But, what Dave sees as “winning” involves making and keeping friends and strong relationships and being in a position to give, inspire, and challenge himself and others to reach as high as possible. And “playing,” for Dave, consists of laughing, having fun, finding joy in life, and causing others to smile with harmless pranks, clever repartee, or just a Dave Barry smile. It also includes playing with new ideas, taking risks, enjoying new adventures, experimenting, and learning from mistakes.

And those creative experiments led to entrepreneurial success. Dave started a business in 1961 that in 2012 is still going strong and still adding value to small businesses. His unusual insights about the market and demographic trends contributed to the growth of his business. His ability to synthesize ideas across many disciplines also helped. His capacity to find adjacencies to extend what worked before is a valuable lesson in entrepreneurship.

My experience working with Dave to assemble these stories has had quite an impact on me. I have learned a great deal from Dave—about running a consulting business, about life, and perhaps even about how to age. And it’s deepened my appreciation for Dave’s generation, what Tom Brokaw calls “the Greatest Generation.” It also heightened my understanding of how many lessons about life and leadership we can learn from men and women who don’t get lots of media attention!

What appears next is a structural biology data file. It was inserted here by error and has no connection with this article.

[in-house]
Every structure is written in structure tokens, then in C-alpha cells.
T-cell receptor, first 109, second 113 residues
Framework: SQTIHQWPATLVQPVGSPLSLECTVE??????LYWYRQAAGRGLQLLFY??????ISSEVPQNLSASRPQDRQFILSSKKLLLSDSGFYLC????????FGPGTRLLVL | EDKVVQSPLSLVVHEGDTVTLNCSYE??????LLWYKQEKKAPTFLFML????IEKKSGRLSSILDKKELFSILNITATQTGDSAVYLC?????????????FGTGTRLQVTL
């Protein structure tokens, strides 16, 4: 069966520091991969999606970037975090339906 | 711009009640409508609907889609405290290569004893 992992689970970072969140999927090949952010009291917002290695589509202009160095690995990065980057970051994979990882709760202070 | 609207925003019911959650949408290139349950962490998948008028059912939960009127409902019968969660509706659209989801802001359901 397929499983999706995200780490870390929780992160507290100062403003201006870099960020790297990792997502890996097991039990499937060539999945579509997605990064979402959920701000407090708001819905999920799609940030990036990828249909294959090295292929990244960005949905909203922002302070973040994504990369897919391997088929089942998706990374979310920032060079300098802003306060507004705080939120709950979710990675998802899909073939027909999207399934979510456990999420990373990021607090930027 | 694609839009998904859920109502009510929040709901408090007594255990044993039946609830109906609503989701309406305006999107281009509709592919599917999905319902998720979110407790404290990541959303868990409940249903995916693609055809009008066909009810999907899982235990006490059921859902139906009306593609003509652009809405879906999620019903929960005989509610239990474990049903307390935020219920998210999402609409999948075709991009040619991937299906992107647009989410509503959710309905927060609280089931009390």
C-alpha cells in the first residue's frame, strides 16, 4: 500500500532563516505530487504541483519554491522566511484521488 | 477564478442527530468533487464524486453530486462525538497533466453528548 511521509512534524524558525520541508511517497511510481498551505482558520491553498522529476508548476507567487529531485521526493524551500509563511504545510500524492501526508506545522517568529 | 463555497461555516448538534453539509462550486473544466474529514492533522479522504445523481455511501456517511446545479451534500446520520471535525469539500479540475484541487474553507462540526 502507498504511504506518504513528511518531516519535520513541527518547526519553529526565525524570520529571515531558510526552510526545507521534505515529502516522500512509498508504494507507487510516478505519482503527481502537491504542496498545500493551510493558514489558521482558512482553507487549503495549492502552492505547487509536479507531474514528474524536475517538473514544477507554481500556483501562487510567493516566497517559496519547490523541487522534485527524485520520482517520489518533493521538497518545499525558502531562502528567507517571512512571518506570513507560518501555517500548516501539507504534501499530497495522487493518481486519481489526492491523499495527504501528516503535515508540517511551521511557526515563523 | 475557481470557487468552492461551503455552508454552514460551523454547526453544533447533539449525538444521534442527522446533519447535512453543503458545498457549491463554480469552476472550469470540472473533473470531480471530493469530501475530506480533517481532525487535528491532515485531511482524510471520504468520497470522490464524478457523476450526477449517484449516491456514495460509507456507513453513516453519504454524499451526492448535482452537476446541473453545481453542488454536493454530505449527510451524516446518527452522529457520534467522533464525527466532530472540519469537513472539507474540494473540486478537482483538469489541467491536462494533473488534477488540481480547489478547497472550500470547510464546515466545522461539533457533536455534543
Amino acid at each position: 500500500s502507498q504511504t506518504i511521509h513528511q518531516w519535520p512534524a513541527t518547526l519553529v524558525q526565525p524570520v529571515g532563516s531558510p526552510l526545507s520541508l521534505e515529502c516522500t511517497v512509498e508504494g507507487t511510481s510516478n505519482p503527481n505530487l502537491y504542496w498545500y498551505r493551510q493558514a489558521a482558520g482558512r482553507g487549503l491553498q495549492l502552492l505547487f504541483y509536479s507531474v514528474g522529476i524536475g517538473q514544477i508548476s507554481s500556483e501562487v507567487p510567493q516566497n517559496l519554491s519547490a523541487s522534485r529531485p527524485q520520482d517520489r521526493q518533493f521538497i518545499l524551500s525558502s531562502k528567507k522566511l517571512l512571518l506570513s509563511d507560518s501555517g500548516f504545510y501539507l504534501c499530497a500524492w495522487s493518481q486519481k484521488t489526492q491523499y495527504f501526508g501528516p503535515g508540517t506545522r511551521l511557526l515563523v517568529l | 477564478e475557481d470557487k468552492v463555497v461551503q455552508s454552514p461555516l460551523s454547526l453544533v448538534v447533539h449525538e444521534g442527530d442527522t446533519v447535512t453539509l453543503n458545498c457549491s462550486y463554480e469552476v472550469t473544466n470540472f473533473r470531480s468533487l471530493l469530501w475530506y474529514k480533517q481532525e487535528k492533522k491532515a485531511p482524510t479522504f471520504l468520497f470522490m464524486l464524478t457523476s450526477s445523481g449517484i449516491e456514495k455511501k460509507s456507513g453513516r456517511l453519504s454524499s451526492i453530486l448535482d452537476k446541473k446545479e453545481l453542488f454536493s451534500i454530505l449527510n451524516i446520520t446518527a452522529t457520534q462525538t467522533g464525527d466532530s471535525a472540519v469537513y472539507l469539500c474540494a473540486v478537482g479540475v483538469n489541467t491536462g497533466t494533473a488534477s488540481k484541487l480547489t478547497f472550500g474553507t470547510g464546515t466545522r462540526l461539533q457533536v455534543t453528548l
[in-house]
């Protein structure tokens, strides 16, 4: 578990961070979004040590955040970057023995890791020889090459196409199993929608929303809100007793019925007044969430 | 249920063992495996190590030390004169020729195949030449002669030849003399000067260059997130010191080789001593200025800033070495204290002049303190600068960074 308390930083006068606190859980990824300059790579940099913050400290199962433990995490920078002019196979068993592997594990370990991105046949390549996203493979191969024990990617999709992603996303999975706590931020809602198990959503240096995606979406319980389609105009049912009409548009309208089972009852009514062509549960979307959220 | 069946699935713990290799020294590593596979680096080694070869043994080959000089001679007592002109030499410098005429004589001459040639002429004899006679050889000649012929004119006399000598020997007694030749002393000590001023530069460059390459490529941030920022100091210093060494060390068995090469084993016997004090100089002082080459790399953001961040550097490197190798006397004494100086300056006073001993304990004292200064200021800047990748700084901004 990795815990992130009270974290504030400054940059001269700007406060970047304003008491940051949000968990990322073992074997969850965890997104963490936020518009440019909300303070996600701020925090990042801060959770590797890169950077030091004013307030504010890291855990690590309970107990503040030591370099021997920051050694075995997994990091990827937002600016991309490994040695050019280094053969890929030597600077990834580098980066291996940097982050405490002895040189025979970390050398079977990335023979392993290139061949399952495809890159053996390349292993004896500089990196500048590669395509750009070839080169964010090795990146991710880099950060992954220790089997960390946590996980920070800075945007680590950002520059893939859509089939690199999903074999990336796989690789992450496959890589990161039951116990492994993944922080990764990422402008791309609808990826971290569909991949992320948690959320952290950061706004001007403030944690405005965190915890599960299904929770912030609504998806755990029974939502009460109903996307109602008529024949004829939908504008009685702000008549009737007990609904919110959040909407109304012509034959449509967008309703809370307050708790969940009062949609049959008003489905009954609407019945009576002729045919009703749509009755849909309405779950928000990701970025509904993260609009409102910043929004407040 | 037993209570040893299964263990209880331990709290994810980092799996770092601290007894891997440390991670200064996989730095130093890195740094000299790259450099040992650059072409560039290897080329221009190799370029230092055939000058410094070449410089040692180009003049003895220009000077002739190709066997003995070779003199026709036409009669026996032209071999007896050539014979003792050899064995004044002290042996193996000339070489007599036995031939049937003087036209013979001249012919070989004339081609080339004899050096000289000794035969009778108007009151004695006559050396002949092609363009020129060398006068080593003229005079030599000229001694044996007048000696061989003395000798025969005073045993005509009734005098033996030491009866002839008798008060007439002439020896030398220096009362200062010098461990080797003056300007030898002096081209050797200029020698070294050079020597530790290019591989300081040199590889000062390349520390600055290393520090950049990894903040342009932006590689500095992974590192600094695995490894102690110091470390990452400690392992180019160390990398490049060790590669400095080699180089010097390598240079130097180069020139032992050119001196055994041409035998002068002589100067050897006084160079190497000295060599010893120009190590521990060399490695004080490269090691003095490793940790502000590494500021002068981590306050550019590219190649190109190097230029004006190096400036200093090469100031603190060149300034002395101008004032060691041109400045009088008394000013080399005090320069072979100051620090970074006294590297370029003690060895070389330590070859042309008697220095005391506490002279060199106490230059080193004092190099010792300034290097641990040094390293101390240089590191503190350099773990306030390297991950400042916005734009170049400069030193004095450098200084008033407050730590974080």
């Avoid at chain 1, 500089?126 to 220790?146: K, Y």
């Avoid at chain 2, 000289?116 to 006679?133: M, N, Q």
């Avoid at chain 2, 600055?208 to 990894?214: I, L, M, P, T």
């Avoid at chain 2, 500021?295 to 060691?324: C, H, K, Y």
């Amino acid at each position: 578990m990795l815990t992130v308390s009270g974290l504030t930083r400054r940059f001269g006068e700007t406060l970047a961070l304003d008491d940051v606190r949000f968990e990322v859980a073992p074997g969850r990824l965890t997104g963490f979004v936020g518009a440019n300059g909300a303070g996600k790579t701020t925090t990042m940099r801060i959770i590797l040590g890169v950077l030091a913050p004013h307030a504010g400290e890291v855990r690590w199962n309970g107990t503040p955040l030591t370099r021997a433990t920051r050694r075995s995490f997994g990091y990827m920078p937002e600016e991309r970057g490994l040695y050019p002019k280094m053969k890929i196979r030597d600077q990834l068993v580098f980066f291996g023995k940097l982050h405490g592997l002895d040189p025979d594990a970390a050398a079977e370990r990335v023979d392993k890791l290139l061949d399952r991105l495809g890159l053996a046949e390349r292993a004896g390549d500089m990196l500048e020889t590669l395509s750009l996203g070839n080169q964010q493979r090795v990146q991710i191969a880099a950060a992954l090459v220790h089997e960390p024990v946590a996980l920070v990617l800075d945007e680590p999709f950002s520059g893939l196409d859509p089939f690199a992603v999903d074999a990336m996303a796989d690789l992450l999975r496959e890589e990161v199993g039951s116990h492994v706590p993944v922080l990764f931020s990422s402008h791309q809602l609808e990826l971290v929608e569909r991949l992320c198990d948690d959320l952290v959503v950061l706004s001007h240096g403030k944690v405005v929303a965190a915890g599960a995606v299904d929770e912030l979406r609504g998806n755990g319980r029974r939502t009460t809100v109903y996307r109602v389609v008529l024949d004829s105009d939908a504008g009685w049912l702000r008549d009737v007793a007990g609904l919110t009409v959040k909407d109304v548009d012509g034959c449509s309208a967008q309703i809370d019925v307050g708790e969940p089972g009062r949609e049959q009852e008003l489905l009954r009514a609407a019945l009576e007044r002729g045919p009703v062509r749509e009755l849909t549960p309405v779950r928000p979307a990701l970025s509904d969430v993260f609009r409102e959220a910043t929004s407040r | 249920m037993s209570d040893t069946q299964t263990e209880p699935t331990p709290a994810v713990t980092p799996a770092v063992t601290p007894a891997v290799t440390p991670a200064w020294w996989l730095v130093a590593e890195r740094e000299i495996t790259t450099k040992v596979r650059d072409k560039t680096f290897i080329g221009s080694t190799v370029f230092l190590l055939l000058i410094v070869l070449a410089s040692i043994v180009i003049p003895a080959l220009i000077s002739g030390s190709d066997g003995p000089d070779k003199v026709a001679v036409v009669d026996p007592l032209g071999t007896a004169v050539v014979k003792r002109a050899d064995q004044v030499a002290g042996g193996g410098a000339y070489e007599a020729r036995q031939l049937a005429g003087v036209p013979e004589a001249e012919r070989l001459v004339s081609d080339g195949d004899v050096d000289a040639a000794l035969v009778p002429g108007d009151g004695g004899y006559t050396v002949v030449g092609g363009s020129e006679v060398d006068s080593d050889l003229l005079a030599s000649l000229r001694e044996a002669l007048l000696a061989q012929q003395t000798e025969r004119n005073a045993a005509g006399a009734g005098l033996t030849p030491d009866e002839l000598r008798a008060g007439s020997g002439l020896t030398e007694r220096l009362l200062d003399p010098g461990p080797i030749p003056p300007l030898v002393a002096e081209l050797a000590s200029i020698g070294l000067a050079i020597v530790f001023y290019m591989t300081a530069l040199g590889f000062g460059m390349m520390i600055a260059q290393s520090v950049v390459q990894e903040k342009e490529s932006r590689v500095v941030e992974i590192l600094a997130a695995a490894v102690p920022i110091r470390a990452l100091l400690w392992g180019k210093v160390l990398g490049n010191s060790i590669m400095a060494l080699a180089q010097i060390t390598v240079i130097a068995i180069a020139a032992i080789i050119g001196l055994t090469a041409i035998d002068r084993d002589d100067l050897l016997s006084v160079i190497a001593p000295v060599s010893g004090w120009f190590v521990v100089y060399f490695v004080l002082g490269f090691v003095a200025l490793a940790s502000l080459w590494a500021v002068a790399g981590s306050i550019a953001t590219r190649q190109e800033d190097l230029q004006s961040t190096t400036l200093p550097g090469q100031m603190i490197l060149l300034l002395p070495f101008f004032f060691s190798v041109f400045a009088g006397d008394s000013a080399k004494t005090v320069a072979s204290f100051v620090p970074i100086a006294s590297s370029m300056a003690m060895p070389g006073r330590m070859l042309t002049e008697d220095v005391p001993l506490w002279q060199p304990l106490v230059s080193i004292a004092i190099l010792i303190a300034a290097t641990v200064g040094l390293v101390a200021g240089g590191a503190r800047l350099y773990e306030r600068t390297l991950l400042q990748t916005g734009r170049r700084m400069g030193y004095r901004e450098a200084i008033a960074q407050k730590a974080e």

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The Brain, Stress and Creativity

One area of particular interest in my brain research is around stress: where it comes from, its impact on creativity in leaders, and most importantly, how to manage it!

From what I have learned so far, the amygdala, a tiny, almond-shaped part of the brain is a major culprit. Its regulatory functions have much to do with our emotions.  It’s been called the investigator into the ambiguous. “If something is different or seems amiss, the amygdala fires to find out what’s happened.” When the amygdala is activated, either by fear, ambiguous situations, or potential danger, it can hijack our judgment and creative functioning. Continue reading